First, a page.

Villanova Theater Presents COMEDY OF ERRORS, Closes 10/9
Villanova Theatre kicks off the 2011-2012 season with The Comedy of Errors, William Shakespeare's fastest, funniest farce. Director Shawn Kairschner's whimsical production of this fan favorite draws inspiration from Western motifs as well as from the eye-popping style and madcap humor of "Laugh-In," the groundbreaking TV comedy show of the late 1960s and early 70s.
Shakespeare's topsy-turvy plot sets the stage for confusion and delight: Imagine that you and your servant are separated at birth from your brother and his servant - two sets of identical twins. Imagine that, after years of estrangement, all four of you somehow wind up in the same town. Now imagine that your brother's wife mistakes you for him - but not before you've tried to seduce her sister! Fists will fly, doors will slam, and chaos will reign in a Comedy of Errors for the ages: uproarious, effervescent, and deliciously convoluted.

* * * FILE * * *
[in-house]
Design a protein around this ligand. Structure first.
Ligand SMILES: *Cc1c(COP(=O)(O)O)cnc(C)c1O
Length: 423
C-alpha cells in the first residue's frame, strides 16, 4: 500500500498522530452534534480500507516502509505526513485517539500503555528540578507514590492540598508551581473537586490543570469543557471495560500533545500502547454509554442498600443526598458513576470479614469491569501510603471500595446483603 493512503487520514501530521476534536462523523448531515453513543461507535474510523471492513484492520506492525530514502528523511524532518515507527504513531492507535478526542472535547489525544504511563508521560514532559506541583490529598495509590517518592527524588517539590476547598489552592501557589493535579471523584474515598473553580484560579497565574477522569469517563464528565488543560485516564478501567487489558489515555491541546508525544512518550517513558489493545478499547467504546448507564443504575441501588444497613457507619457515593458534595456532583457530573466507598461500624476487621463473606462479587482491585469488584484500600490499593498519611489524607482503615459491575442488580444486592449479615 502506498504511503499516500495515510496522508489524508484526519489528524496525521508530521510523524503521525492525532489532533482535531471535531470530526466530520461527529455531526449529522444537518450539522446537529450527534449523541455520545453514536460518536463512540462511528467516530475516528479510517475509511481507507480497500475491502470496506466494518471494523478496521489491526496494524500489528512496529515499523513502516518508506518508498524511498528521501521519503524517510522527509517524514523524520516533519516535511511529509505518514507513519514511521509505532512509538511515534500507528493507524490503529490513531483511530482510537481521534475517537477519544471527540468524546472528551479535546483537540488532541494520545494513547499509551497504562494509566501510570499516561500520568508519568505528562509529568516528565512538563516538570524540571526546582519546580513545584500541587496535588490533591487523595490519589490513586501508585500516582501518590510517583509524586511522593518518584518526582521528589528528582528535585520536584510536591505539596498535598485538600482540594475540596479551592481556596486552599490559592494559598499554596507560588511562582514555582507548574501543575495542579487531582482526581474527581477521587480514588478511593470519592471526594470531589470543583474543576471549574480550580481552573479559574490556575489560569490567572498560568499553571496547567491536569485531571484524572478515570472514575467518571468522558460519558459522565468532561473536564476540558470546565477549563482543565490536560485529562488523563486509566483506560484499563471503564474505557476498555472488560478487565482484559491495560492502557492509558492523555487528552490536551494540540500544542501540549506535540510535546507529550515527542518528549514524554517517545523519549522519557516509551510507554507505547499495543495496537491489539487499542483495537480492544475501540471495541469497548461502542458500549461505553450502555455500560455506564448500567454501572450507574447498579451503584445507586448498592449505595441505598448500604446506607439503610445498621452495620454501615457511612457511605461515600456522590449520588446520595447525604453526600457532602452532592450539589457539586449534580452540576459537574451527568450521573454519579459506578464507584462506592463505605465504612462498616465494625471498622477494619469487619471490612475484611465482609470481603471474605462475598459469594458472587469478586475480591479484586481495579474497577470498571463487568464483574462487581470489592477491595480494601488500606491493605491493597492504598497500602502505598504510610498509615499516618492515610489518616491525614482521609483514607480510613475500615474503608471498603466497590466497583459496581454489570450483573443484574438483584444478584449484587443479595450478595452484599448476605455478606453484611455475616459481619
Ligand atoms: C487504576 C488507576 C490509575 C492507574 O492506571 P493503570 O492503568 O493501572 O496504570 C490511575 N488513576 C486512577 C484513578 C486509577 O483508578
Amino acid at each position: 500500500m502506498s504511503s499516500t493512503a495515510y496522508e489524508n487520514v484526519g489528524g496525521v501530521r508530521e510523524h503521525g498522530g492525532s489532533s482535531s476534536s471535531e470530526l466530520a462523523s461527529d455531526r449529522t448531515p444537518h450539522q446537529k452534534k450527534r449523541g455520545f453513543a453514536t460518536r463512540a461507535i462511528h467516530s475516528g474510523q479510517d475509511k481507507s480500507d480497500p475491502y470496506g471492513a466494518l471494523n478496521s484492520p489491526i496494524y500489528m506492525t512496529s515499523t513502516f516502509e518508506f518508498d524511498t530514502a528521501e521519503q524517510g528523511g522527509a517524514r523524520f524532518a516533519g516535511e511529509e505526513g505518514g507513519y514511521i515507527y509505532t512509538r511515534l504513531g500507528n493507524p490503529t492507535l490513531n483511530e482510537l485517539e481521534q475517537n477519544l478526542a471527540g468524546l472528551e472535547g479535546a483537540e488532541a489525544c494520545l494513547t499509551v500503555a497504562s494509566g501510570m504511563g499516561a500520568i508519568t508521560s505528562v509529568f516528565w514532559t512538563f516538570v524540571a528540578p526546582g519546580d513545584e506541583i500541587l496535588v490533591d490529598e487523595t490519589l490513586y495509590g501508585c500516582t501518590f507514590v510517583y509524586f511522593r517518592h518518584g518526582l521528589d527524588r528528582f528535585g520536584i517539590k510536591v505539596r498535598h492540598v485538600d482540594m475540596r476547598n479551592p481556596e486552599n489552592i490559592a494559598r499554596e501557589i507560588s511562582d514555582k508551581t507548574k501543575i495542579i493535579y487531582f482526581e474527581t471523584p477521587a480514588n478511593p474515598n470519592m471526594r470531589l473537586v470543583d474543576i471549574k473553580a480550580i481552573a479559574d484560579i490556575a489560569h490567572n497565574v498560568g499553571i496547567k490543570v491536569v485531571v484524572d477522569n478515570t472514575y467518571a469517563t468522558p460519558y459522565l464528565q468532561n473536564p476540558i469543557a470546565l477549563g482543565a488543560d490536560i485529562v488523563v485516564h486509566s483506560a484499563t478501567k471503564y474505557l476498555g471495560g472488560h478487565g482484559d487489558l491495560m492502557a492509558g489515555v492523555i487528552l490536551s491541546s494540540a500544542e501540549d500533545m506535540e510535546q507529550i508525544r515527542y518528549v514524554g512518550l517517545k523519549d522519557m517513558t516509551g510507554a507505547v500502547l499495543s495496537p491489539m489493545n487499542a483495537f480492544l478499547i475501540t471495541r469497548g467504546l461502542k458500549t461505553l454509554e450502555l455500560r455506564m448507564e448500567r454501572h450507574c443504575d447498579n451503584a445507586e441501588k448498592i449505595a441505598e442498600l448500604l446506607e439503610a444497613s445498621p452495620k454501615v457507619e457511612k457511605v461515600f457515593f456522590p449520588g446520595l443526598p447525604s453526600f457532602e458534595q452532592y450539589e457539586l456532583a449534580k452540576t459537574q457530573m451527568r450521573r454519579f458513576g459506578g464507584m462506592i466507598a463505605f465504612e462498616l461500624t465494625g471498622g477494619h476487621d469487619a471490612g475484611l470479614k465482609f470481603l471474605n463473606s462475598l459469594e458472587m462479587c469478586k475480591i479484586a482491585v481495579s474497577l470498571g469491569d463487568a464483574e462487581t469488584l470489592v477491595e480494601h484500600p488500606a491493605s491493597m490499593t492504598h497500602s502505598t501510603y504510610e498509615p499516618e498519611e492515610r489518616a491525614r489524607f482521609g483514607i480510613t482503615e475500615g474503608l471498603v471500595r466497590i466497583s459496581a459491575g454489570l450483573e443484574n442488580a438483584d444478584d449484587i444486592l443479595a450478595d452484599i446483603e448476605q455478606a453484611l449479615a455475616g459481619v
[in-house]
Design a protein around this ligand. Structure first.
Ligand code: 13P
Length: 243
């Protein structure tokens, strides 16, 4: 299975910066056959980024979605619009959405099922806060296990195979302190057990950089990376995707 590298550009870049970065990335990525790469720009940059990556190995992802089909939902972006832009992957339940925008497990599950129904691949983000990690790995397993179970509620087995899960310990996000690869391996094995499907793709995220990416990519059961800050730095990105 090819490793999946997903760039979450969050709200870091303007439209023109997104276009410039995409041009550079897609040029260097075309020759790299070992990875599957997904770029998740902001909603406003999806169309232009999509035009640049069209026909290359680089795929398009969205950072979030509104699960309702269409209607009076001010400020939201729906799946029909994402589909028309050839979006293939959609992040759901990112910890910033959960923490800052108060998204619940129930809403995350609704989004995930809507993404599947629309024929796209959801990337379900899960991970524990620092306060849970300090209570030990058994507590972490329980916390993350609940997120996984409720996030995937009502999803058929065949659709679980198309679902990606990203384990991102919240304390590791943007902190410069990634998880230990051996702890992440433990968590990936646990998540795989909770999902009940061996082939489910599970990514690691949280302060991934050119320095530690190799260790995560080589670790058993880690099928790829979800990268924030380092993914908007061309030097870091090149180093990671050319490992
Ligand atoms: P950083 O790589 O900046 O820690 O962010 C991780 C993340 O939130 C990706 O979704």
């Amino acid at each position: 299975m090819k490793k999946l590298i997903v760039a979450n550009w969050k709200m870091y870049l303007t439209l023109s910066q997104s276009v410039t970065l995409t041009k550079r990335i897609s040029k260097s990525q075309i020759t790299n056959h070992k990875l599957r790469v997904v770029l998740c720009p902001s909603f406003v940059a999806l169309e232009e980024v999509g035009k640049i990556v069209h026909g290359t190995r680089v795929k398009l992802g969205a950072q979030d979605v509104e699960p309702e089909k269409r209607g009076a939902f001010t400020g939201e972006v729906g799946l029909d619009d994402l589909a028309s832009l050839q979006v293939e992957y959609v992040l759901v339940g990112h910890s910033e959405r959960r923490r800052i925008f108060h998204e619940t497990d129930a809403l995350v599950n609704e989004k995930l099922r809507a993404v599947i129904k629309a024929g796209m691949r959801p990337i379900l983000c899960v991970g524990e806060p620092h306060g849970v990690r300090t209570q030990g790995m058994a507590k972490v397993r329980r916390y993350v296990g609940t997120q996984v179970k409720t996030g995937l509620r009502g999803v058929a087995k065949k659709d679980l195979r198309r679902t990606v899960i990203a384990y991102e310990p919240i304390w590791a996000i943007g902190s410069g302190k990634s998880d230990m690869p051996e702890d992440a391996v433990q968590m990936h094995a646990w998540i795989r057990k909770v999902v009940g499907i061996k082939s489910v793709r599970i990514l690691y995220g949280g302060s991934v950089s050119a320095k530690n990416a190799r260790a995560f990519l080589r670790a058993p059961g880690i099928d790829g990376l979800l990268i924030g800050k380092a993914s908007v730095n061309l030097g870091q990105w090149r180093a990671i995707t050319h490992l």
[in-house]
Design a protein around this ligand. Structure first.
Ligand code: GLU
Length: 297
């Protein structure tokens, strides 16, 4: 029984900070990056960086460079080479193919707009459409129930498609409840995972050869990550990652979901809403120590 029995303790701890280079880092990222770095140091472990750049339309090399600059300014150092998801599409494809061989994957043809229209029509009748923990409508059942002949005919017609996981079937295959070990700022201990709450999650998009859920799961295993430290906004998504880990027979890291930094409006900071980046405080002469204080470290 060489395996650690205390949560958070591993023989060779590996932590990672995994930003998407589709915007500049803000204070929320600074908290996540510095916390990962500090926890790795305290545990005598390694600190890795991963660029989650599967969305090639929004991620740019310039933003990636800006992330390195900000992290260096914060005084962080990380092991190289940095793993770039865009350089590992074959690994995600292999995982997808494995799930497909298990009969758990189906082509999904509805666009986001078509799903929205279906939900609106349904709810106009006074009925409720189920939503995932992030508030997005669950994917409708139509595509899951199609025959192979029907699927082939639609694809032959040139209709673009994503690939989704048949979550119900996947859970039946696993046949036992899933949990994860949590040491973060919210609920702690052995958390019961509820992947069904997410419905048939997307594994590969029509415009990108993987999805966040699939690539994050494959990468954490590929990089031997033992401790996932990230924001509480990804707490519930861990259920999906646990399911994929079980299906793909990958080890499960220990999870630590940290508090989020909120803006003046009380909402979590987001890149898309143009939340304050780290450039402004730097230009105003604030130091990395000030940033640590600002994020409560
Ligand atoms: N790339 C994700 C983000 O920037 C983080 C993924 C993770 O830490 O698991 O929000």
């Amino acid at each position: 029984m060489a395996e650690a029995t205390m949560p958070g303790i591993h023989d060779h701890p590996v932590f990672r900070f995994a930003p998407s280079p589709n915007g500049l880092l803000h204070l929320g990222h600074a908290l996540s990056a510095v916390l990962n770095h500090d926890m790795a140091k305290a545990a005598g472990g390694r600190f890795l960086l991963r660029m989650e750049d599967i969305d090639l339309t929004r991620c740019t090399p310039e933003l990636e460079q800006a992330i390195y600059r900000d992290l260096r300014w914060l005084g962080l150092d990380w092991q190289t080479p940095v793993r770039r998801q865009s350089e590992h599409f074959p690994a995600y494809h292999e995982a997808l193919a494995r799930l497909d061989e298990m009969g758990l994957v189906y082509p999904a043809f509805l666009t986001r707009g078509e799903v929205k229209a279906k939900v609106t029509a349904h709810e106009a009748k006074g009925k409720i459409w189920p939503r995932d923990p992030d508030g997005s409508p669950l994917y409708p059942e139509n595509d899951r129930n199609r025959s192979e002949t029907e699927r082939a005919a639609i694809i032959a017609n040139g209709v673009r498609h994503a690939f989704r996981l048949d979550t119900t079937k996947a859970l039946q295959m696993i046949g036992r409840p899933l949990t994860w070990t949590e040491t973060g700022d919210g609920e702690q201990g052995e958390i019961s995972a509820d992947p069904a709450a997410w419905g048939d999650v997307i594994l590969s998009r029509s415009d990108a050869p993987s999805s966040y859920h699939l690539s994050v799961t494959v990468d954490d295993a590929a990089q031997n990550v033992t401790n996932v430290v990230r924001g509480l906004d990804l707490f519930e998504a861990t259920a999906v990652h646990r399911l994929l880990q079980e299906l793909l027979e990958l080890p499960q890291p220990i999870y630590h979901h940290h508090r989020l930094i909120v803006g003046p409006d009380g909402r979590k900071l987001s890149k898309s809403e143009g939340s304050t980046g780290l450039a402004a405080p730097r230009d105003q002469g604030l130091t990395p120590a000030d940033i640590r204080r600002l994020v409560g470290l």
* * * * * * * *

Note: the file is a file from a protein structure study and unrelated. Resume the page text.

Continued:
According to Kairschner, "Entering the rehearsal room is basically like stepping into Toon Town - the characterization is bright, bold, and exaggerated - each actor has his or her own 'signature giddy-up,' and our fight choreography is embellished with cartoonish sound effects. You can practically see the little birdies flying around their heads."